We hear from Jessica Capon about her role at Plural.
Can you tell me about your role?
I joined in April 2019 as Office Manager. At the time Plural was a small company with no real processes or HR system. When I started my role mainly involved managing the reception and ad hoc duties around the London office.
I’m lucky in the sense that I have the freedom to make the role my own. It’s given me the chance to develop my skills. As the company has grown over the last three years, my job role has too.
How has your role evolved?
I’ve learnt so much over the last three years. Prior to working at Plural, whilst I have previously worked in offices, this type of role was new to me.
As the Business Functions Team has grown I’ve been able to work with our People, Marketing and Finance teams to improve processes and create better ways of working.
The scope of my role has also expanded – I am now Executive Assistant to all six Plural Partners, which I really enjoy. The Partners’ need for assistance has also changed over time, meaning I get to learn new things. I get real satisfaction from knowing that I’ve made someone’s day that bit easier.
The great thing with this job is that it will continue to evolve.
Anything you’re particularly proud of?
I managed the office moves for both London and New York, which I really enjoyed. I learnt a lot during the process as I was involved in every aspect – layout, decor, logistics, technology…
What did you want to create with the new London office?
With the design, we wanted the workspace to feel open and collaborative to reflect our culture. We created a lot of meeting spaces, both formal and informal.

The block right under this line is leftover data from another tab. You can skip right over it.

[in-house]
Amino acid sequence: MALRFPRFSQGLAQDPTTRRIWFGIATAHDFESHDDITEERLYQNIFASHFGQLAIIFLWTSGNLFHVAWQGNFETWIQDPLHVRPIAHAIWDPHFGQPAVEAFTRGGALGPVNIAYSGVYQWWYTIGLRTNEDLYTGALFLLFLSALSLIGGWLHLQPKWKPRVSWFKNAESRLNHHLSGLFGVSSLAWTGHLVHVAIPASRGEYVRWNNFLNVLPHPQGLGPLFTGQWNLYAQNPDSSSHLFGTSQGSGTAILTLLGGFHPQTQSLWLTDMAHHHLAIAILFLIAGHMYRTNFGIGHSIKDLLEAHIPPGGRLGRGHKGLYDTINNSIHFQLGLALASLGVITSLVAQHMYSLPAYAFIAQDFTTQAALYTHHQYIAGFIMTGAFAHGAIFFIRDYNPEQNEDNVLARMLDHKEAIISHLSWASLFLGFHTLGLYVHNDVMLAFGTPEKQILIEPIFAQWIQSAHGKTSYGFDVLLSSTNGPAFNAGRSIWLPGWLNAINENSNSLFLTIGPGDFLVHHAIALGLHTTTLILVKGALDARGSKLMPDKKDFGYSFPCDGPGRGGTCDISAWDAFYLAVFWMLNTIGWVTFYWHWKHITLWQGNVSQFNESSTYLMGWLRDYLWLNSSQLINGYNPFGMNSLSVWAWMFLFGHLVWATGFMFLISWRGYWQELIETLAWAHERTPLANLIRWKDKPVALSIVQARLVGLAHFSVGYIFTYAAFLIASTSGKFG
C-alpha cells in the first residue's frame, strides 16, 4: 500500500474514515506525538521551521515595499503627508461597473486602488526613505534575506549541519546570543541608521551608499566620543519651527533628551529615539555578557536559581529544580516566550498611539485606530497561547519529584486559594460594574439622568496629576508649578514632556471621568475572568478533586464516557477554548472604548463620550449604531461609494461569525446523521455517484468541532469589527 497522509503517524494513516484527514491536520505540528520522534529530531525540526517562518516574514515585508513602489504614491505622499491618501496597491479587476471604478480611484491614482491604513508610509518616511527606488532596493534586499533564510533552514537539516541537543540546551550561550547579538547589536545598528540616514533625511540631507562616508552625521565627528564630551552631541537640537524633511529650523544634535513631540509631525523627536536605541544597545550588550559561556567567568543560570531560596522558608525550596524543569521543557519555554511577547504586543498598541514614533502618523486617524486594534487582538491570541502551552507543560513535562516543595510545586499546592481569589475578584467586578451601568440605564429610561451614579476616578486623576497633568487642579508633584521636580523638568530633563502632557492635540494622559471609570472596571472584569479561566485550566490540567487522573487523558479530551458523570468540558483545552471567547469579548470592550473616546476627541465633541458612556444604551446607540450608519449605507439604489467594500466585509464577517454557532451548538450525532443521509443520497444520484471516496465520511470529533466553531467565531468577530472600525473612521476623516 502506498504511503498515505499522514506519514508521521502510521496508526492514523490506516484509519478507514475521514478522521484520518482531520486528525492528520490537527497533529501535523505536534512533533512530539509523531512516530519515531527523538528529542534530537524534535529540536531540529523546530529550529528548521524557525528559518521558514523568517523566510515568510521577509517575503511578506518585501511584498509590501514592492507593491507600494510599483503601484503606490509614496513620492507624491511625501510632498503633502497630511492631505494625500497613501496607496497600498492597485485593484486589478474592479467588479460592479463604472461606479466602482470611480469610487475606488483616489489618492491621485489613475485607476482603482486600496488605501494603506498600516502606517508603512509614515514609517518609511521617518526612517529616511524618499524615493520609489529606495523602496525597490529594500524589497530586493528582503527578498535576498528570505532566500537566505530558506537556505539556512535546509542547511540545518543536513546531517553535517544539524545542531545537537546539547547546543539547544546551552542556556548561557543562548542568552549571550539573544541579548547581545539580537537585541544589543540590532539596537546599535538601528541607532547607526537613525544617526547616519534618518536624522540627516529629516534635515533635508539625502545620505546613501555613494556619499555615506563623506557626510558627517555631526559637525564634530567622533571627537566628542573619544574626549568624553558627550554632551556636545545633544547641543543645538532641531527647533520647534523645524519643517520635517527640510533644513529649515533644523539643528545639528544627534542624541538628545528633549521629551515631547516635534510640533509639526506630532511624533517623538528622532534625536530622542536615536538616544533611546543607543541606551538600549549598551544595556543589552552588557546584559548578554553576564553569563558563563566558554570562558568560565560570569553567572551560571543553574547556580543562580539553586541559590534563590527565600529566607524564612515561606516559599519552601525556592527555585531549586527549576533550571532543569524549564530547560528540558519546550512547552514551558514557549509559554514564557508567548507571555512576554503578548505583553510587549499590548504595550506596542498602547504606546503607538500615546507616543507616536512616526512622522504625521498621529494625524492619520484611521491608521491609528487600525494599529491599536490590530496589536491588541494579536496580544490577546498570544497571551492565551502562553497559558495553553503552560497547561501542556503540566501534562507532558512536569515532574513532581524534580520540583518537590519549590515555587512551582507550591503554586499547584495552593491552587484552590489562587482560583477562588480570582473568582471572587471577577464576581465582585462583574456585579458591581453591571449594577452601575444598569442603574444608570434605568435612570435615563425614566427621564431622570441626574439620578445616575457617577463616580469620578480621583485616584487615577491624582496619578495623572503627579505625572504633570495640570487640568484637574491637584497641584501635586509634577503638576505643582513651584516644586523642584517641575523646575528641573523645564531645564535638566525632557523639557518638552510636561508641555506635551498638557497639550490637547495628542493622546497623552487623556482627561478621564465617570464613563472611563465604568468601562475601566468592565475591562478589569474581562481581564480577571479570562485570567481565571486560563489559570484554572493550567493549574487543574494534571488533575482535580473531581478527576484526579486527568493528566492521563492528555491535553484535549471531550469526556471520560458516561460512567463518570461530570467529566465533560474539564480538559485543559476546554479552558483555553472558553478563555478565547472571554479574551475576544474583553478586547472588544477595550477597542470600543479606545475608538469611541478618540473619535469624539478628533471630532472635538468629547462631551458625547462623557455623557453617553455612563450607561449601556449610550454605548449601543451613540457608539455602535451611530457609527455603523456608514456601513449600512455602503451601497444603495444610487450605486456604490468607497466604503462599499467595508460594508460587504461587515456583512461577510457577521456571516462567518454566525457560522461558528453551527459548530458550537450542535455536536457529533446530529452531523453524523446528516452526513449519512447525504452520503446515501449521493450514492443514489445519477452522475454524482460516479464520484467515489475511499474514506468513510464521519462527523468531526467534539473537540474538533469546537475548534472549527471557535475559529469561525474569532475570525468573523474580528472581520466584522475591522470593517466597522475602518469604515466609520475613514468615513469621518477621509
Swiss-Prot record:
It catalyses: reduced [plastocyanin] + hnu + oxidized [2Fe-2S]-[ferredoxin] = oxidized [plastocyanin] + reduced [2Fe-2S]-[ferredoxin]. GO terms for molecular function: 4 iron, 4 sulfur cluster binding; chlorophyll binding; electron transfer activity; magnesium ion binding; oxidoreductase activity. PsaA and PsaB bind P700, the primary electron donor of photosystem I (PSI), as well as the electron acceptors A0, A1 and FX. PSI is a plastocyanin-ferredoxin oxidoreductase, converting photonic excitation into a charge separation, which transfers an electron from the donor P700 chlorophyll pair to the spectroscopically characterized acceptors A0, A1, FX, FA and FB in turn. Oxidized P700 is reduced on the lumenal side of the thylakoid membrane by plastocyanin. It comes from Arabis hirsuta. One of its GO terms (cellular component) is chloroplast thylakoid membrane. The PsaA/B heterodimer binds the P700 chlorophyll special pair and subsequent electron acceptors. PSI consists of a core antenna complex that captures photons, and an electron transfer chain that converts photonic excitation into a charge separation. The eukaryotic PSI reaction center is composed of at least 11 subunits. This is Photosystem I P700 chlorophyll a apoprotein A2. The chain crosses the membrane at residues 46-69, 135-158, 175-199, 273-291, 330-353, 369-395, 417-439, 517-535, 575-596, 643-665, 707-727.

It was important to have a large kitchen/social area where people can come together and have space away from their desks. London is a food-oriented office, you’ll always find a cupboard or fridge full of snacks! Our kitchen is really the focal point of the office. It’s designed so that you can have internal, ad hoc meetings in a more informal environment.
We also needed to find a space that was futureproof as we’re growing as a company.
Overall, we wanted the London office to feel light and open, and I think we managed to achieve that.
And you also managed a New York office move in 2021, how did that experience differ?
The New York office move was a learning curve, particularly with the time difference and also the difference in regulations between the UK and US.
Matt Vellacott and I worked on it together and created a great space for the NY team. We wanted it to feel just like an extension of the London office.
What are you excited about working on?
I’m looking forward to visiting our New York office and helping to create an even better office experience for the team there.
This month we’re also hosting Plural’s 8th Birthday Party – the first in-person event we’ll have hosted since the pandemic. It’s a great opportunity to meet some suppliers, freelancers, and clients. Overall it should be a really lovely evening!
Can you tell us more about Plural social events?
Definitely! A large part of my role is organising events, which I’ve found a love for. This includes company socials, external events, and our annual Away Stay.
Plural’s Social Committee (SoCo) had to get creative during lockdown with virtual events – we hosted virtual cooking masterclasses, cocktail making and a Plural quiz. We’ve got some great socials planned for 2022
Everyone getting together and having a good time is taken seriously at Plural!
Organising our company Away Day to Malaga in 2019 had its challenges but it was so rewarding when the activities and training were a success.
Due to the pandemic, we didn’t host an Away Day in 2020 but we still managed to have a UK-based event in Autumn 2021. I’m looking forward to Away Day 2022. Spending time together in the sunshine is great for team-building!
What is your favourite thing about working at Plural?
Definitely the social side – everyone genuinely gets along and has each others’ best interests in mind. It’s a friendly and caring working environment, which I like.
I also like the fact that it’s a flat culture and transparent – it doesn’t feel like there’s any hierarchy. Anyone can go to anyone with a question they may have.